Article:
The Lakers' run in the playoffs has revealed that they are a team with a lot of depth and flexibility. While a number of players that comprise that depth are set for free agency, the Lakers have the ability to retain them all and keep that depth.
That depth will allow the Lakers some flexibility in the upcoming NBA Draft. Tuesday’s lottery cemented the entire order for the upcoming draft, though it didn’t change the Lakers picking No. 17 and No. 47.
The newest slate of mock drafts represents the flexibility the Lakers will have going into the draft. While the archetype of players was largely the same in that almost all have them taking a 3-and-D wing, the age, readiness to contribute in the NBA and position all varied.
Here’s a look at some of the notable mock drafts around the Web and who they have the Lakers selecting.
A common name that will be mocked to the Lakers a lot in the coming month. The son of Juwan Howard, Michigan head coach and friend of LeBron James, Jett is a scorer with a lot of upside as a 3-point shooter.
Here’s a portion of Jonathan Givony’s thoughts on the Lakers taking Howard:
Howard is one of the most prolific 3-point shooters in this class and also flashed impressive scoring versatility before injuries derailed his season. At 6-8, he can play either wing position and has upside to grow into multiple roles at just 19 years old.
Last time around, Hawkins was the common pick for the Lakers. It’s one that makes sense as he’s another 3-and-D wing prospect. He was one of the breakout players of UConn’s title run.
Here’s Kevin O’Connor’s thoughts on the Lakers making this pick:
Hawkins shined during Connecticut’s run to a championship with his exceptional movement shooting ability. Although his skinny frame limits his ability to drive to the basket, he’d thrive in an offense where that skill isn’t needed. The Lakers are a good example; they saw Danny Green thrive as a spot-up shooter during their 2020 title run and now have players, such as Austin Reaves and Lonnie Walker IV, who step up from game to game. Hawkins would give them another instant rotation player.
In this roundup of mock drafts, Hawkins is the only name to appear twice. He’s a sharpshooter and surrounding LeBron and Anthony Davis with shooting has been a successful strategy.
Here’s Sam Vecenie’s take on Hawkins to the Lakers:
What are the skills that work best with LeBron James? Shooting and defense. Hawkins and his tremendous ability to space the floor would be about as perfect a fit for the Lakers as you can imagine. The Lakers are contenders again after the moves they made at the deadline this year. Continuing to add players who work well with James is a sharp strategy.
A different 3-and-D wing this time, one that’s more of a wing than Hawkins. At 6’6” and 235 pounds, Sensabaugh has a lot more to him and can step in and be a scorer immediately.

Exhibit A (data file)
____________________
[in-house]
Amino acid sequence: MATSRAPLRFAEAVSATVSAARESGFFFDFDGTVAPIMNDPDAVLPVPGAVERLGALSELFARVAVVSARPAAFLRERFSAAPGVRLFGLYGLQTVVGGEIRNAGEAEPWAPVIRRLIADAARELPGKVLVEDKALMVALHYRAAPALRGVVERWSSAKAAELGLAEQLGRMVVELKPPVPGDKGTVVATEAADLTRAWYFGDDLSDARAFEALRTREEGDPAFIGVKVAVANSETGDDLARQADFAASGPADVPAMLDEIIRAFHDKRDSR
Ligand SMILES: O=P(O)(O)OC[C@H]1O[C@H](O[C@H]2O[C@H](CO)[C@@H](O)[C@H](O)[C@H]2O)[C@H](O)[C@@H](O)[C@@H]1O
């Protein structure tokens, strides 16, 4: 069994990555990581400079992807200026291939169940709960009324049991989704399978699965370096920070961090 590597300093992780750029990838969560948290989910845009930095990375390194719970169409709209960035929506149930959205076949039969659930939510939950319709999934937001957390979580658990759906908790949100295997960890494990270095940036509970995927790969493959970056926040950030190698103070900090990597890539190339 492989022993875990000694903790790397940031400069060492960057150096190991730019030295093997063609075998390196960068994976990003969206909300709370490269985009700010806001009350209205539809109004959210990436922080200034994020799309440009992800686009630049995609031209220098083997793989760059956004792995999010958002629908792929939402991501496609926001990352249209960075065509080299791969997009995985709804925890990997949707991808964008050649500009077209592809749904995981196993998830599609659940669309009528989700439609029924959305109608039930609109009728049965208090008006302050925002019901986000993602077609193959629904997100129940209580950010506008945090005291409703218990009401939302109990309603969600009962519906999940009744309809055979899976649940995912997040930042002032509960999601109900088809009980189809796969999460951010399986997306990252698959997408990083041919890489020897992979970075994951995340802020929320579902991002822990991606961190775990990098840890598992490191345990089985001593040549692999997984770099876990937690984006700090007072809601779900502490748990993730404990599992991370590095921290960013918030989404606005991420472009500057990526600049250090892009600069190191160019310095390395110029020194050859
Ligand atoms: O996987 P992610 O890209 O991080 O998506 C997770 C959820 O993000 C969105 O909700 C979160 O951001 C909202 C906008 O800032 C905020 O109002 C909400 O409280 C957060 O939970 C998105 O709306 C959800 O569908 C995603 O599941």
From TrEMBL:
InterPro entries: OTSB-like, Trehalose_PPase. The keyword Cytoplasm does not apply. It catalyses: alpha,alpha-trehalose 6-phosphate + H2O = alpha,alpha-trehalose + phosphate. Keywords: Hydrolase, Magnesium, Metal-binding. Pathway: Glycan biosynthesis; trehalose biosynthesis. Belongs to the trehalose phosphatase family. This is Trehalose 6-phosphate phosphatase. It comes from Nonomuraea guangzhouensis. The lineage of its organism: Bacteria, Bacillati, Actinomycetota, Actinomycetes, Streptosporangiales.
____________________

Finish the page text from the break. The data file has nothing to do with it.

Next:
Here’s Jonathan Wasserman’s thoughts on the Lakers selecting Sensabaugh:
A 6’6”, 235-pound efficient, three-level shot-maker, Sensabaugh could be viewed as an NBA-ready scoring wing for a team’s second unit. He won’t offer much else, so landing with a team that strictly values his one-on-one game and shooting would be ideal.
Yet another wing, and this one even bigger than the last. Brother of Kings rookie Keegan Murray, Kris has a similar game as a big wing that can shoot threes. It shouldn’t take much more convincing than that as to why Kris makes sense for the Lakers.
Here’s Ricky O’Donnell on Murray to the Lakers:
Murray is the twin brother of Kings rookie Keegan Murray, and he enjoyed a similar breakout season at Iowa as his bro became a key starter on a playoff team in Sacramento. A 6’8, 220-pound forward, Murray can shoot threes with volume and defend slower wings. He seems a tad less athletic than his brother, and his shooting numbers dipped as the season went on, but he should be a safe bet to stick around the league for a while when every team needs big wings who can hit shots.
The last mock draft sees the Lakers take more of a project with their first round pick. Given their roster and the talent already available, they can afford to potentially draft a player that is more than a year away.
It’s risky, but if anyone has earned the benefit of the doubt, it’s the Lakers scouting department.
Here’s Bryan Kalbrosky’s take on the Lakers taking Smith:
Although he struggled to stay healthy and wasn’t particularly efficient during his one-and-done season at Arkansas, the upside for Smith is still very high.
With a clean slate free from injuries, it’s worth betting on his development that Smith could make a return to the player he was as a McDonald’s All-American and the No. 1 overall recruit coming out of high school.
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